"Choosing our own metaphors" : genre and method in contemporary Chicana/o life narratives

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Kurzen, Crystal Marie

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While Mexican Americans have put their lives to paper prior to the years of el movimiento, in this project, I begin my analysis with authors who voice their selves immediately before and after the Chicano Movement. Authors like José Antonio Villarreal in Pocho (1959), Ernesto Galarza in Barrio Boy: The Story of a Boy’s Acculturation (1971), and Richard Rodriguez in Hunger of Memory: The Education of Richard Rodriguez (1982), in their efforts to represent self and narrative multiple selves, wrote what many see as the foundational texts that speak to or enliven Mexican American experiences during this formative period. Upon closer consideration, we see the ways in which these early texts initiate and create on-going conversations about form, fiction, identity, and truth. Rather than establishing a kind of literary nationalism, at the time, that rejected Anglo literary conventions, particularly in the field of autobiography, Villarreal, Galarza, and Rodriguez mirror many of the Western, male, heteronormative, autobiographical conventions in their texts, ones they read and admired while growing up as Mexican Americans in the 1950s and 1960s. In contrast to these earlier Mexican American writers, Chicanas such as Cherríe Moraga, Gloria Anzaldúa, and Norma Elia Cantú, offer alternative, multi-generic models of life narrative.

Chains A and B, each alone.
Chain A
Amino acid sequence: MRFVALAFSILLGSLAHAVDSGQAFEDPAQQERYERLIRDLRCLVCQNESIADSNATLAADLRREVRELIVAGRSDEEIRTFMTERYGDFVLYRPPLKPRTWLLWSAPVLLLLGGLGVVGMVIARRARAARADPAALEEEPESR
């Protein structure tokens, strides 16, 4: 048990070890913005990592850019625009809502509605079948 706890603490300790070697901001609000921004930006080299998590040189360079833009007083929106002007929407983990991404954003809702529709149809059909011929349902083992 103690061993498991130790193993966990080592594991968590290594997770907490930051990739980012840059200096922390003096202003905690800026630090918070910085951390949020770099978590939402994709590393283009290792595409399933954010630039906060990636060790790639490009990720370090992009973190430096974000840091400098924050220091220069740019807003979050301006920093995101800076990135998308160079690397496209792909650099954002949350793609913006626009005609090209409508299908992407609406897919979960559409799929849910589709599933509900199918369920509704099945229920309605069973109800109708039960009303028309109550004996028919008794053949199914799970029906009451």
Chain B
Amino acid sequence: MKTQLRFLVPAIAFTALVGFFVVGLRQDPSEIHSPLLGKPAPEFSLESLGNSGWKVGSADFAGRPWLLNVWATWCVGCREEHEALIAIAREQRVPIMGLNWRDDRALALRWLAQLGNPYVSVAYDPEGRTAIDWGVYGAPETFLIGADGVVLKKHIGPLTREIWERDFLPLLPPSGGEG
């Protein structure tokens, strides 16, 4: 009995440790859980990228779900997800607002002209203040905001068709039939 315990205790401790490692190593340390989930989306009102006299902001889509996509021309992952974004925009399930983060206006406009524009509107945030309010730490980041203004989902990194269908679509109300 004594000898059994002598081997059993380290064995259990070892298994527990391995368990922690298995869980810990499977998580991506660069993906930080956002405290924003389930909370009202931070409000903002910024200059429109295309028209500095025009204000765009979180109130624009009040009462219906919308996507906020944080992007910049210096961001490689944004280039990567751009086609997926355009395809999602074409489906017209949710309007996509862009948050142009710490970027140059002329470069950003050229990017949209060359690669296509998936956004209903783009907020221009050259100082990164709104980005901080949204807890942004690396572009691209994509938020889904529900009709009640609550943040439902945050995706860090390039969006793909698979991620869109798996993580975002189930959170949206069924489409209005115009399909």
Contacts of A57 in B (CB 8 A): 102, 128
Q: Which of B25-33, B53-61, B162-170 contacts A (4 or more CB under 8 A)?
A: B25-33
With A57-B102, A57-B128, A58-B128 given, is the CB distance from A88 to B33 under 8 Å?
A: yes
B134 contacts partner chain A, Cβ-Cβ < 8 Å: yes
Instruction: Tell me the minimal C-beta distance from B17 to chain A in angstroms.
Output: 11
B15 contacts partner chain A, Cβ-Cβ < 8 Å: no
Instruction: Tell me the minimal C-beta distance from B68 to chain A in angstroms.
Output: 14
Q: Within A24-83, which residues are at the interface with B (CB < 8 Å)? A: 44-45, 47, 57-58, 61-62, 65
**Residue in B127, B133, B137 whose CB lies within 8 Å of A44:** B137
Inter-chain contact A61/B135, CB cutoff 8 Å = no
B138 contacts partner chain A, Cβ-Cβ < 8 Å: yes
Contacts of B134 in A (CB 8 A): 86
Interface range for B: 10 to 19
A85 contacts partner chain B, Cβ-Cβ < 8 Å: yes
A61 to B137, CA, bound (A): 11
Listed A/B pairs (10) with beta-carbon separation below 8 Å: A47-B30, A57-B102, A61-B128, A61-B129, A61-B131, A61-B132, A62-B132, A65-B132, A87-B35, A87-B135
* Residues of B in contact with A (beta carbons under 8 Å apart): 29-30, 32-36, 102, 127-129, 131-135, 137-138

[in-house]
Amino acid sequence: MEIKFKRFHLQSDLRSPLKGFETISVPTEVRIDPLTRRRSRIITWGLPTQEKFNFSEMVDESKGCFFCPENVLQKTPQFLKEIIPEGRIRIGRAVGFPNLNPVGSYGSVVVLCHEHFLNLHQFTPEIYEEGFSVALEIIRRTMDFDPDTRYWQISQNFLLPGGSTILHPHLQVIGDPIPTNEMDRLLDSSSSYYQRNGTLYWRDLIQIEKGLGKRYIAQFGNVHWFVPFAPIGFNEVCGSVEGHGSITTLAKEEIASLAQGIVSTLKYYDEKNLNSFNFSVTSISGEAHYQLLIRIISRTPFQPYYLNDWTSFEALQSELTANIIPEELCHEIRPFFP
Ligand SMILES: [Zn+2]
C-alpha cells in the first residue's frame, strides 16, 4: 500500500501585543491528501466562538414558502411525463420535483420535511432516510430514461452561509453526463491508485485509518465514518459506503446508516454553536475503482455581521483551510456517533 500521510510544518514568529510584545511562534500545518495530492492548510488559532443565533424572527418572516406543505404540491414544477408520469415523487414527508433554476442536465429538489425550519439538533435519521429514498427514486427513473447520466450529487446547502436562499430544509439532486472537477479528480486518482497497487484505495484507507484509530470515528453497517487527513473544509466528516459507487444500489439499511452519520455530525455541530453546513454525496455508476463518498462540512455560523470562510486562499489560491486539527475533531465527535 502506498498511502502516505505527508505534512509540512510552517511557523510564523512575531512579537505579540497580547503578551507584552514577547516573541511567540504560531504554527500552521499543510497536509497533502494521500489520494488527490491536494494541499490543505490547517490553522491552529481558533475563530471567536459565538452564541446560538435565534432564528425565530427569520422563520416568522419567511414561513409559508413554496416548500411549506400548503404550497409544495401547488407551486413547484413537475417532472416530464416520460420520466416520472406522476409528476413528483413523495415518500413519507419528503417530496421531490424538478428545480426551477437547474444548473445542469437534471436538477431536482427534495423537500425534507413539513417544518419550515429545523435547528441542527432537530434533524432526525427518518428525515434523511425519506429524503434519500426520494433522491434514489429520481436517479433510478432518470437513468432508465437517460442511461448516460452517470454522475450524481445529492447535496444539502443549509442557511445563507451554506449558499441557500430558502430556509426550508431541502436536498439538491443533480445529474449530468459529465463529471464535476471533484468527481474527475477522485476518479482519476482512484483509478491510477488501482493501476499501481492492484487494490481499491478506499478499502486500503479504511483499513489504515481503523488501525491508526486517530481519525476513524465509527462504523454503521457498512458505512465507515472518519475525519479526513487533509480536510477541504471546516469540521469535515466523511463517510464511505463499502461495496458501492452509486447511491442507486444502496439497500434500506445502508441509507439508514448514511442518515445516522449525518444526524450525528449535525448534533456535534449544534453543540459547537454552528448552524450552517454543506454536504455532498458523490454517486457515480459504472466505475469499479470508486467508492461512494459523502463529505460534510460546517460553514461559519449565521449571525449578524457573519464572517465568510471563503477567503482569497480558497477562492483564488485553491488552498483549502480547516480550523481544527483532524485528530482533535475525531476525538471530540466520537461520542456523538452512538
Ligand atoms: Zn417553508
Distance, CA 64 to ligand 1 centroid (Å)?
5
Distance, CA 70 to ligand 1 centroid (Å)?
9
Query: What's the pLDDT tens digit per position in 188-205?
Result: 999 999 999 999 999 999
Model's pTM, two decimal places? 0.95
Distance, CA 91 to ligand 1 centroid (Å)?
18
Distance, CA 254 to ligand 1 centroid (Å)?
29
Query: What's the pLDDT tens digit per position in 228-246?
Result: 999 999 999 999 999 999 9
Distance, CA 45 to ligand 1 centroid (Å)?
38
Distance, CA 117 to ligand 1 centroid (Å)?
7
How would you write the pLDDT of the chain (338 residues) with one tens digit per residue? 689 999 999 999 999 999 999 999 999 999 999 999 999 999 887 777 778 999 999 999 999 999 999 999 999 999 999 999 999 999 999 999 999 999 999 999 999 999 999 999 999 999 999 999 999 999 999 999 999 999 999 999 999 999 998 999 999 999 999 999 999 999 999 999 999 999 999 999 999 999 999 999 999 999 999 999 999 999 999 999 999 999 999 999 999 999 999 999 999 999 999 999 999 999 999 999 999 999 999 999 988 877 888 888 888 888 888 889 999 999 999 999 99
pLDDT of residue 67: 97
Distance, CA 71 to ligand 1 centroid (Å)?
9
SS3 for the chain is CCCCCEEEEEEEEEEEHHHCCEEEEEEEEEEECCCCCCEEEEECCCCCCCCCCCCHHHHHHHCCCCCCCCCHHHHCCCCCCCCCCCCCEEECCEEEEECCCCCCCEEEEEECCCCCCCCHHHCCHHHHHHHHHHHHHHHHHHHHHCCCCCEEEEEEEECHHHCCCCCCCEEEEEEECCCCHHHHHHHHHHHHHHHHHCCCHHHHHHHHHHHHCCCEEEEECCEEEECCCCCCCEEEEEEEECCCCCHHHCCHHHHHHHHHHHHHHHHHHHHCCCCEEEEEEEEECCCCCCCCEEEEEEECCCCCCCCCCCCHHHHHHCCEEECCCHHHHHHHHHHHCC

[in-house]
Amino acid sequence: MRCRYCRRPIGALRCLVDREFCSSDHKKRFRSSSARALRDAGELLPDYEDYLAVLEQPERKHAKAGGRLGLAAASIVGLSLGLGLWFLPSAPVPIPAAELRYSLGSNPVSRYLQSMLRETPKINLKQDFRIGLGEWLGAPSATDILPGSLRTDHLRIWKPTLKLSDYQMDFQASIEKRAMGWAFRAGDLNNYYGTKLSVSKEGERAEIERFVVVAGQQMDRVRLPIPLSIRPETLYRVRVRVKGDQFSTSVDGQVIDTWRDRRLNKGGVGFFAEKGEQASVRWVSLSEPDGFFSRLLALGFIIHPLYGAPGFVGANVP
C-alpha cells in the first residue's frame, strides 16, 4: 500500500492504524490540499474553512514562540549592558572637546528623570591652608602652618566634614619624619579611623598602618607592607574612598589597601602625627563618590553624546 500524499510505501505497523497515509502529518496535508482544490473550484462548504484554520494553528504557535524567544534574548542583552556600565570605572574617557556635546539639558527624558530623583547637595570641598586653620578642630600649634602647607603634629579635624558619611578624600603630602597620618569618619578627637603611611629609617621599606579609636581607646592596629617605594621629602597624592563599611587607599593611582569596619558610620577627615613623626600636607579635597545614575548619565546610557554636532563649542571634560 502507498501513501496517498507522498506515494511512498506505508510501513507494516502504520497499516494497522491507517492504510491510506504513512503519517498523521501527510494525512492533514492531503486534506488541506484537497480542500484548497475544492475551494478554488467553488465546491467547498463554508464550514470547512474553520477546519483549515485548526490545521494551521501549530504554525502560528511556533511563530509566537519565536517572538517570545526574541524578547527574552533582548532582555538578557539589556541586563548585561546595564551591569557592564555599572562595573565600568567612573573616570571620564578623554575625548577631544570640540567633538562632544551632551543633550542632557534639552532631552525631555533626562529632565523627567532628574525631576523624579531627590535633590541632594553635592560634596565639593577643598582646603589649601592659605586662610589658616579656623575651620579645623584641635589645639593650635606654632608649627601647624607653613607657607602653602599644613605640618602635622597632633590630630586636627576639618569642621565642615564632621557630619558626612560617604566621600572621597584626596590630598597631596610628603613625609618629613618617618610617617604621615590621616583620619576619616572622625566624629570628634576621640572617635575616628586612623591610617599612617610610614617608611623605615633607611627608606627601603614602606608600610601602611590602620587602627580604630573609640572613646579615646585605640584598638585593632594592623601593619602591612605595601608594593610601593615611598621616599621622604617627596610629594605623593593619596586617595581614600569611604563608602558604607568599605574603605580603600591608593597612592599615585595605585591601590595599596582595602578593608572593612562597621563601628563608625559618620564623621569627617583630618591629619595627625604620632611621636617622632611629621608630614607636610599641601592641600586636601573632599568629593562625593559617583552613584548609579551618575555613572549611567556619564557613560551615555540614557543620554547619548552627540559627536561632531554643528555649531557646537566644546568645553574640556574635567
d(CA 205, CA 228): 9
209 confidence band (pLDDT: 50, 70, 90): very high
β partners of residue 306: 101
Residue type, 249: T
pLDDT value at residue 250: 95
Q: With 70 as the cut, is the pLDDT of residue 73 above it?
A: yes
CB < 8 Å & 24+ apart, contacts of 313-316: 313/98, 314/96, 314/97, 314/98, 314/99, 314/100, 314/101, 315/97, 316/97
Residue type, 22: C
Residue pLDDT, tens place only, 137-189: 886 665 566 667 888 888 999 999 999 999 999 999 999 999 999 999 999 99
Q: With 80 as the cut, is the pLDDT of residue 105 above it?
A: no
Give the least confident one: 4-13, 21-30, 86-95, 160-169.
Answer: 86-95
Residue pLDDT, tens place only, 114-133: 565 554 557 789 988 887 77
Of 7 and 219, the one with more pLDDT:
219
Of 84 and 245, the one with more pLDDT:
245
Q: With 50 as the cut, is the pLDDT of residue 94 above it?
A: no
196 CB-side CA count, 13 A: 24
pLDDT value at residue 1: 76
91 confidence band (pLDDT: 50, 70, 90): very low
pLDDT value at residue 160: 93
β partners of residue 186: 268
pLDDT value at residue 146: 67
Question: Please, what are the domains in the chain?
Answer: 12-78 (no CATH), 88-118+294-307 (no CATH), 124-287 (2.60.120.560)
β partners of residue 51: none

In my project, I consider the ways in which Chicano self-writing carves out a space of racial representation and how that form, originated and altered by the Chicana/os mentioned above, has evolved to accommodate and even embrace such forms as dichos, myths, recipes, photographs, letters, poems, among others. Chicana authors Sheila Ortiz Taylor, Sandra Ortiz Taylor, Pat Mora, and Michele Serros employ various autobiographical strategies to establish a self-narrated tradition that differs from the works of early Chicano writers. Following in the footsteps of his Chicana predecessors, Luis Alberto Urrea, too, challenges form to tell the story of his life. These writers do not simply “modify” or “adapt” existing genres; rather, they make and remake an entire corpus of related autobiographical genres in order to participate in the larger literary tradition of life narrative.




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